How To Test In A High Developer-To-Tester Ratio
A few times throughout my career I’ve found myself working in an environment where there is a high developer-to-tester ratio.
I’ve been the only tester with 4 developers. I have also been the only tester with 11 developers.
Interestingly enough, I was equally busy in both environments because the 11 developers often had blockers since we had external dependencies. Meanwhile in the environment with 4 developers, things were set up so well that we were constantly shipping to Prod.
Here I would like to share what I have learned when testing in a high developer-to-tester ratio setup.
Quality Is A Team Effort
I am not responsible for the quality of the product.
We all are.
Good practices like code reviews are a great habit for your team.
I’ve also found holding testing discussions really helps here.
Here is my article on How to Actually Prevent Bugs.
First and foremost, I ask developers to make sure the main part/happy flow works on their machine. At the very least they should do this. They are, of course, welcome to run additional tests.
On one of my previous projects, a developer kept assigning me PRs when the whole point of the PR in the first place, didn’t work. The extra back and forth wasted my time and caused me to fall behind.
A not-so-nice way of putting this is:
Don’t waste my time with stuff that you haven’t even checked on your own machine.
Fortunately, most developers I work with take pride in their work. Often I also like hearing a “challenge” (to see if I can find any problems) in their tone when they assign me their PRs.
Since there is only one of you and quite a few developers you might not always be able to test new features/builds/pull requests straight away.
In the past i have done this by:
- Telling the team that when I start testing something, I will let them know
- When I am done, will let them know as well (regardless of whether or not I found any issues)
- If they don’t hear anything from me, it’s because I haven’t tested it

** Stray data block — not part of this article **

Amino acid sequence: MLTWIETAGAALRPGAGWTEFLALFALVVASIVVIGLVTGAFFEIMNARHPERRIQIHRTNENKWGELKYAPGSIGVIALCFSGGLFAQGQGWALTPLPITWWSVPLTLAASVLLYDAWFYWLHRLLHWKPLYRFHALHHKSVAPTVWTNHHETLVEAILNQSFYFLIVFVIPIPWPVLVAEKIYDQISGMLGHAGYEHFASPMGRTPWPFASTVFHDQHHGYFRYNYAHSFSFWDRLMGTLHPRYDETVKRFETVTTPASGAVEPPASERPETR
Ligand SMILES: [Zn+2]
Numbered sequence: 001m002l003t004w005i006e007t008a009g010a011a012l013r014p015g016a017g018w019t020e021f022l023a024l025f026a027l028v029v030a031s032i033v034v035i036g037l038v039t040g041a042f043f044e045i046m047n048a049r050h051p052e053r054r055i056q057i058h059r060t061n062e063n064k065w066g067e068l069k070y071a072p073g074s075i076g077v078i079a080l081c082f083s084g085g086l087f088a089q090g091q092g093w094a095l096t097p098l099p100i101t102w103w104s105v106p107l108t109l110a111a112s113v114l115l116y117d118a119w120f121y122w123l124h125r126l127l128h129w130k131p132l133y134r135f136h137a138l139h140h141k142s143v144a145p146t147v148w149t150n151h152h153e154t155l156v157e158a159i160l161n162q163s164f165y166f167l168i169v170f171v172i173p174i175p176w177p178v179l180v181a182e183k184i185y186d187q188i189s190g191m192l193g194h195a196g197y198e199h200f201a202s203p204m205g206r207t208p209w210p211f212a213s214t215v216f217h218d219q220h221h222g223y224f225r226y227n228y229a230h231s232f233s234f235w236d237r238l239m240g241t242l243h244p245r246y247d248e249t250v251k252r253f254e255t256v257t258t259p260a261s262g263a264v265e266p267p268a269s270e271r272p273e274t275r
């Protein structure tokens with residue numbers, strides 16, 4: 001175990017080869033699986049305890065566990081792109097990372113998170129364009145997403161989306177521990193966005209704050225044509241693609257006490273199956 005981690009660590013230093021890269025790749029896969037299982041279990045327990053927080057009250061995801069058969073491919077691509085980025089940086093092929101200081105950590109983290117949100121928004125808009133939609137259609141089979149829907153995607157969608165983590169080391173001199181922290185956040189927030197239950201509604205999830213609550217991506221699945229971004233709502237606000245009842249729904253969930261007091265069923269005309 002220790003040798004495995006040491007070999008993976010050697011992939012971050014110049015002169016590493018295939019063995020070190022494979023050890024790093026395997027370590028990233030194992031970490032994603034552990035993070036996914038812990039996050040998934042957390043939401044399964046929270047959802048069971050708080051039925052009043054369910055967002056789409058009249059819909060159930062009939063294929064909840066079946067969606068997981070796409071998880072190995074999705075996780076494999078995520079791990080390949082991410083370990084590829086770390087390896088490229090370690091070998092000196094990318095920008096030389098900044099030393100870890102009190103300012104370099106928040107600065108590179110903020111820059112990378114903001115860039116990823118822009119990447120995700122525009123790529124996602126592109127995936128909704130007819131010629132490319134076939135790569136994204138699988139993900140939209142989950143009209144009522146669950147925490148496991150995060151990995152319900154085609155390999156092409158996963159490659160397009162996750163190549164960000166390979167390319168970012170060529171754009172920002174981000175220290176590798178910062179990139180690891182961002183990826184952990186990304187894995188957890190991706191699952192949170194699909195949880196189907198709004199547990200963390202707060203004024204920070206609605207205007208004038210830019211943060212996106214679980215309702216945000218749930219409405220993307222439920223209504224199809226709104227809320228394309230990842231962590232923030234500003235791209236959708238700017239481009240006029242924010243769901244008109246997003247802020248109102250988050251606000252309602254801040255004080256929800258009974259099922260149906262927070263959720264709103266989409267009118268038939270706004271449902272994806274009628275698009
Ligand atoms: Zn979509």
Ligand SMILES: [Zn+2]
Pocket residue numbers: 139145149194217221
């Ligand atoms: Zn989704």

- Thing can fall between the cracks, if they don’t hear from me, they may need to follow-up
Clear communication is even more important here. I try to avoid unnecessary back and forth, therefore I ask developers to provide me with:
- The link to the build/details on how to access the build
- Any Jira link or ID (or whatever tool you use) that is associated with what you are testing
- Anything else I should know
As part of our team’s Way of Working, we also would have agreed on how this information would be communicated. Often it would be online or Slack. (I tend to steer clear of relying solely on tagging people in a tool like Jira because:
- I’ve had problems in the past with notifications
- It can be overwhelming with lots of notifications and you can get lost in what actually needs to be done vs what you’re just being updated on
Working in such environments forced me to get my act together and make sure I am organised.
To do this, I put systems in place:
- I use a notebook to write down what I plan to do at the start of the day, and then update it when we have daily standups and when I get approached by others to do more work.
- At the end of the day, I create a to-do list of what I’ll do tomorrow.
- At the start of each day I look at my calendar to see where my gaps between meetings are and plan tasks accordingly. If I have a small PR to test, I may test that first, in lieu of a bigger PR I was asked to test earlier, because the gap between meetings is too small for the big PR
- If I start a task, I finish it and not switch between multiple tasks unless an emergency comes up.
- I utilise Do Not Disturb if I’m struggling to focus on my testing, if necessary I was close Slack altogether to not tempt myself by being nosey in the channels
Ask For Help When Needed
It’s important to know when to ask for help
- If I find that I have too many testing tasks in the backlog, I let the team know, then the developers, scrummaster, product owner or business analyst may help with testing
- If there are testers in other teams, and they have capacity, they may also help as well
- I find it’s most important to communicate that things are falling a bit behind - instead of just staying quiet. All of the team leads I have worked with, have appreciated early communication in this regard.
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